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Weekly Wrap Up 3/2/12

 Posted by at 12:35 pm  Weekly Wrap-Up  Comments Off on Weekly Wrap Up 3/2/12
Mar 022012
 

A collection of legal fee articles from the past week…

Heller Attorneys’ Fees Ready for Appeal (LegalTimes) – Lead attorney for victorious plaintiff Heller is back in the courtroom, appealing a $1.17 million attorneys’ fee award from the District Court. Alan Gura, of Alexandria’s Gura & Possessky, and Clark Neilly III, from the Institute for Justice today, filed a notice of appeal announcing his intent to ask the Federal Circuit to review the D.D.C opinion.  All this is taking place on the backdrop of settlement negotiations between the District of Columbia and Gura. Neilly confirmed that settlement negotiations are continuing, but that the notice of appeal was filed to ensure their options in court remain open. Heller’s legal team is disputing the reduction from their 3.12 million dollar request, stating the original amount was reasonable based upon the length and complexity of the request. Continue reading »

Weekly Wrap Up 2/3/2012

 Posted by at 2:29 pm  Weekly Wrap-Up  Comments Off on Weekly Wrap Up 2/3/2012
Feb 032012
 

A collection of legal fees news from the past week…

Super Bowl Week Reveals Super Legal Fees (AM Law Daily) –  With fans gearing up for Sunday’s big game, it seems apropos that the NFL Players’ Association released their annual LM-2 filing, detailing expenses between March 1, 2010 and February 28, 2011. The report revealed a massive build up in spending leading to the lockout which commenced on March 12, 2011, and subsequent decertification by the NFLPA. According to the report, approximately 63.2 million dollars was spent on representational activity in the period reported on. Amongst law firms leading the way were Latham & Watkins ($ 3.1 million), Dewey & LeBoeuf ($2.9 million), and Patton Boggs ($ 948, 983). Interestingly, the head of the NFLPA, DeMaurice Smith, is a former Latham and Patton Boggs partner. Those two firms have moved in on the legal sphere traditionally occupied by Dewey and Weil, Gotshal & Manges. Continue reading »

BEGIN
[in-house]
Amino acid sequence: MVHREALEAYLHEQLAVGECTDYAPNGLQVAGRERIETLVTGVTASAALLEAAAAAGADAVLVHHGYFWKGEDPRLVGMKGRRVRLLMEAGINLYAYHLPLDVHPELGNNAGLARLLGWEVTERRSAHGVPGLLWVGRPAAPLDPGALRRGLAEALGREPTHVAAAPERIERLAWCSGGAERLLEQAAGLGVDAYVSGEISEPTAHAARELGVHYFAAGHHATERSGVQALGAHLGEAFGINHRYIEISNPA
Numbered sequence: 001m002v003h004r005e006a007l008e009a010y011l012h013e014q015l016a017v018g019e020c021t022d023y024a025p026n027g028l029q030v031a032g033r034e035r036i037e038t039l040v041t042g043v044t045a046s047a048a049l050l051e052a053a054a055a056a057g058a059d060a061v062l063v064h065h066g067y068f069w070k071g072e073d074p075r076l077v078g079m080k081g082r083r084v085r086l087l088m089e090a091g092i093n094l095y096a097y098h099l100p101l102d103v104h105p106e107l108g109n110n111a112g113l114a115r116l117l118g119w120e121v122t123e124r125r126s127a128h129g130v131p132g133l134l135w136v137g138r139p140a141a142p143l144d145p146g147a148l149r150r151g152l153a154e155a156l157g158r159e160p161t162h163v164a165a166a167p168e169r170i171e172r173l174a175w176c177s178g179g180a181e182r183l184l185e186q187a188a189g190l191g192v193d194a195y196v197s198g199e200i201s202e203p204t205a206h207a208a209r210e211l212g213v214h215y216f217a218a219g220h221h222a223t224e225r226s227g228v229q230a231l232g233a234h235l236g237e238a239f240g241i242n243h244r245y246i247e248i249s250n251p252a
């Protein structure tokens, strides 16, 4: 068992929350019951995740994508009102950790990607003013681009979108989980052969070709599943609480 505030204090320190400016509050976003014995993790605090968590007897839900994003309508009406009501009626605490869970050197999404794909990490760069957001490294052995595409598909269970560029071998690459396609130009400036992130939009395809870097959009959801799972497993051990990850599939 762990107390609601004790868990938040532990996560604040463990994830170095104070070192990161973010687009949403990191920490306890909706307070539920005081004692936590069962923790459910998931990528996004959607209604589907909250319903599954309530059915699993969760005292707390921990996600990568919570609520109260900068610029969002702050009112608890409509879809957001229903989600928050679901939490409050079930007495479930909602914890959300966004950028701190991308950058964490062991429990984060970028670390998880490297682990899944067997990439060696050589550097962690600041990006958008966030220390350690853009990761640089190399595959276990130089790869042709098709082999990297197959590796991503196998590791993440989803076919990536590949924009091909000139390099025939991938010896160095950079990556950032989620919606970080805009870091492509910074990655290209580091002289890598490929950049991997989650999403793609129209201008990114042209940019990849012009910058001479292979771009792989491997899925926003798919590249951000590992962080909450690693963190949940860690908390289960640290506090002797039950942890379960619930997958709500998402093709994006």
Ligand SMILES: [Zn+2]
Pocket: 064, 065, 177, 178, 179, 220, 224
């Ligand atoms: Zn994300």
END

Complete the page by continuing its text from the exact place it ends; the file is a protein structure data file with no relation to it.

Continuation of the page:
Weekly Wrap Up 1/27/12

 Posted by at 3:16 pm  Weekly Wrap-Up  Comments Off on Weekly Wrap Up 1/27/12
Jan 272012
 

A collection of legal fees news from the previous week…

$89,000 Legal Fee Approved Despite $500 Award (NY Law Journal) – Despite receiving only a $500 award in her suit alleging excessive force in an arrest, a NY Judge awarded an $89,000 legal fee to her attorney.  Judge Jack B. Weinstein ruled in the case of Brown v. Starrett City Associates in the Eastern District of New York and confirmed a magistrate judge’s recommendations on fees. Under the Civil Rights Attorney’s Fees Award Act, the judge ruled plaintiff was entitled to an award of fees.  The defendant’s protested the award, claiming it was merely de minimis or nominal. The judge rejected that argument on two counts, first citing a public policy issue that the very act of liability was all that is necessary; and secondly on grounds that the award was not de minimis. Jury instructions specified a de minimis award of $1. The Magistrate Judge further noted this was a unique constitutional issue, and it was on the record plaintiff’s attorney had performed “exceptionally” well.